Updated: Jul 12, 2018
I realized the other day that the discussion about subscription versus open access is still active with many people. I think, all in all, open has won, that is open access, open science, open educational resources or OER, open education, and on and on. The way I realized open has won when I started to think about the largest publishers and where they are concentrating their future efforts and acquisition dollars.
Let’s talk Elsevier as an example. Most of what they seem to be concentrating on is author services, workflow, abstracting and indexing services, services for libraries or universities, and more. Now this isn’t completely true, but for the most part it is true for them and for other large publishers.
What that tells me is that they see the decline of the subscription model and that they have concerns with open access and the APC or author processing charge as a sustainable business model.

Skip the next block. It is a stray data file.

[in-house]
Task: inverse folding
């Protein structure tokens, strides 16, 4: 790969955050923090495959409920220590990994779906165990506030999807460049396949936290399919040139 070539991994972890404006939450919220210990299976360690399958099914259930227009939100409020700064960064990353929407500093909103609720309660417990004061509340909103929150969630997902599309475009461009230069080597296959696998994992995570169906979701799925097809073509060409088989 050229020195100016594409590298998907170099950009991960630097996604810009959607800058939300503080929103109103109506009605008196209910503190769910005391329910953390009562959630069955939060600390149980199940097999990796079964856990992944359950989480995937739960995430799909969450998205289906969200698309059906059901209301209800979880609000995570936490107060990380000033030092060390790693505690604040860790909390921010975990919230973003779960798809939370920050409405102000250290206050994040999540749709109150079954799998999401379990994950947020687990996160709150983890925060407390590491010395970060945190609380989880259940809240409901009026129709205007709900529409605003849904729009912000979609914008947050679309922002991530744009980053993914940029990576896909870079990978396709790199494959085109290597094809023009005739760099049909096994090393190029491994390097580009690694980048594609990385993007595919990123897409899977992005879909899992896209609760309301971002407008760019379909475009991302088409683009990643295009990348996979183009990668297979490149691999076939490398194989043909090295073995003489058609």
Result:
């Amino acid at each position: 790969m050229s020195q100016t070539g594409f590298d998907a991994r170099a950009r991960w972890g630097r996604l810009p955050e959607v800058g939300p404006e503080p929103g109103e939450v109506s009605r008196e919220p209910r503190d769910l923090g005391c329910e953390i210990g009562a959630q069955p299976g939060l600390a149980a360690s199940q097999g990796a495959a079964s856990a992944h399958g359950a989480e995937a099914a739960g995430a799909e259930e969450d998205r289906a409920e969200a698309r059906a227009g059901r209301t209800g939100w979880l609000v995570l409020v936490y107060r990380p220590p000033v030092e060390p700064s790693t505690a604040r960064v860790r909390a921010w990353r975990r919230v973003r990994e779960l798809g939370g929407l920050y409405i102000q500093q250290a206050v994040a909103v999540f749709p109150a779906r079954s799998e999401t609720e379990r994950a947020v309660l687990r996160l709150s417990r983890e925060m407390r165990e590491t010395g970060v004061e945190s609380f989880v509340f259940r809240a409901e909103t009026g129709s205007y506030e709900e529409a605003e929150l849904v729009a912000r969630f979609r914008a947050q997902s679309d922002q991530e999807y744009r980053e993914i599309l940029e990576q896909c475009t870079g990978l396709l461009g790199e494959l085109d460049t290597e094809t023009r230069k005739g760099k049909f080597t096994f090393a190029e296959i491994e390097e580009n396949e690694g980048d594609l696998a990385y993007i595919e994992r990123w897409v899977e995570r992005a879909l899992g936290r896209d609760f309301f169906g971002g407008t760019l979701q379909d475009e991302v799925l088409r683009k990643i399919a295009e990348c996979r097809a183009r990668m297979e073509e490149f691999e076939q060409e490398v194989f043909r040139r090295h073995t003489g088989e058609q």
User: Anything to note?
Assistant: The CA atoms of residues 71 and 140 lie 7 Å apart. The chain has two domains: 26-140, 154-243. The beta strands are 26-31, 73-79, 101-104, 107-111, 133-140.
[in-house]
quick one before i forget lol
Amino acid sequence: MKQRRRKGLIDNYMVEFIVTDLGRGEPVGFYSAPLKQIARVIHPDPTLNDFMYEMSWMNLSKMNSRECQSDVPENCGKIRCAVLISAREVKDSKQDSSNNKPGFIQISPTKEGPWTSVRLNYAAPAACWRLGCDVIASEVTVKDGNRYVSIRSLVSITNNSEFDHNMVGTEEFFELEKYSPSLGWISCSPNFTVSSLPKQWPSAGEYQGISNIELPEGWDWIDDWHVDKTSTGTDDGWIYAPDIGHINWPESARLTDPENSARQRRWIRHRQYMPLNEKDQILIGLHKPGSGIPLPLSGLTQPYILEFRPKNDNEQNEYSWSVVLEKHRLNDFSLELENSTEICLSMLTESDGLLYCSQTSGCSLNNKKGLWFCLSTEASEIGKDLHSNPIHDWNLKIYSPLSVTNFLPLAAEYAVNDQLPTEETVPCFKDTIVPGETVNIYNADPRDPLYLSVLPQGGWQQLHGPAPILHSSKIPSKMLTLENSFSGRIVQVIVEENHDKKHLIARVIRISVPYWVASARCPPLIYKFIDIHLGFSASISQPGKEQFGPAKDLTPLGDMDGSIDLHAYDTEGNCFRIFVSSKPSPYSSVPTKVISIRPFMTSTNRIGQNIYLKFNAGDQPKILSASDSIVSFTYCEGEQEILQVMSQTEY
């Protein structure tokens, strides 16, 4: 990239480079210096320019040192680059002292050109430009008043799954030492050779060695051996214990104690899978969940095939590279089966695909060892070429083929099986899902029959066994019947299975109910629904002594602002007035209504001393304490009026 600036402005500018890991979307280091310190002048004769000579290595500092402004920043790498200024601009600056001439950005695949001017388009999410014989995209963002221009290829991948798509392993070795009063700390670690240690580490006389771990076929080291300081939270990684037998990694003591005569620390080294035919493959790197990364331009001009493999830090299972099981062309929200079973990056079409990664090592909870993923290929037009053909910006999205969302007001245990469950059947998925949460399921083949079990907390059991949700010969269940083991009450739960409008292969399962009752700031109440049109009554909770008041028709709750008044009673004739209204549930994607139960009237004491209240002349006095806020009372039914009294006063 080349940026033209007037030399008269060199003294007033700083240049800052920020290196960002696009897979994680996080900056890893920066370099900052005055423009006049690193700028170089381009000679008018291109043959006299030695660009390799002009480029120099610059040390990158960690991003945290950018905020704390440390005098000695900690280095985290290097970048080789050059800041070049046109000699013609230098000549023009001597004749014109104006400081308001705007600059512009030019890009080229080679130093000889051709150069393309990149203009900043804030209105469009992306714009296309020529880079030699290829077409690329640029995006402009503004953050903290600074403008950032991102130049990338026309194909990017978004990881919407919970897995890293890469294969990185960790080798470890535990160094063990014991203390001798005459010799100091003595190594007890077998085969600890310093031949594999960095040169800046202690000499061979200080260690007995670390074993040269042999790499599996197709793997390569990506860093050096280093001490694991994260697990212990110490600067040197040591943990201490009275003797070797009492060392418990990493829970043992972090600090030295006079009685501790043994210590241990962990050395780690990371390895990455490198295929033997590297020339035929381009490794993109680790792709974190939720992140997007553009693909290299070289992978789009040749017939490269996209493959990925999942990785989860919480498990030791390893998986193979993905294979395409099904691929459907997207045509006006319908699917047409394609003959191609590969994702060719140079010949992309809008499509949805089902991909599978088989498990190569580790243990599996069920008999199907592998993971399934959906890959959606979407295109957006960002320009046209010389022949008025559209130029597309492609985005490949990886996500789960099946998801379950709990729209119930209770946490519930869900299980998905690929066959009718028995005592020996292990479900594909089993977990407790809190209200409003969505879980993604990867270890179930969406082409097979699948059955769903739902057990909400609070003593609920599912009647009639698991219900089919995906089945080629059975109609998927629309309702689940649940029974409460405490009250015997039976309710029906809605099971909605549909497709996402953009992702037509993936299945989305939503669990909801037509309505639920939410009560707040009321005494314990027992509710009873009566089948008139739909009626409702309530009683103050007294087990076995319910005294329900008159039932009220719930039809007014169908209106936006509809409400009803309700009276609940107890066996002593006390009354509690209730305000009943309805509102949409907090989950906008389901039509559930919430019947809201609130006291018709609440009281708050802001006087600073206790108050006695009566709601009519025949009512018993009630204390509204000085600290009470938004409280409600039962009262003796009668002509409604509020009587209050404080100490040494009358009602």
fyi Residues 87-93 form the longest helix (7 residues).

By ceding that content is moving toward open and becoming more of a service provider, they are signaling that content is heading toward free, if not mostly there now.
Further ways to think about the free model winning:
If I say encyclopedia, what do you think of? Wikipedia. Free.
If I say video on the web, what do you think of? YouTube. Free.
If I ask you about details on a movie, what do you think of? IMDB. Free.
If I say social media, what do you think of? Facebook and Twitter. Free.
So, a bit early to call a winner, but I think it has become very difficult to put the genie back in the bottle. Just ask the largest scholarly publishers.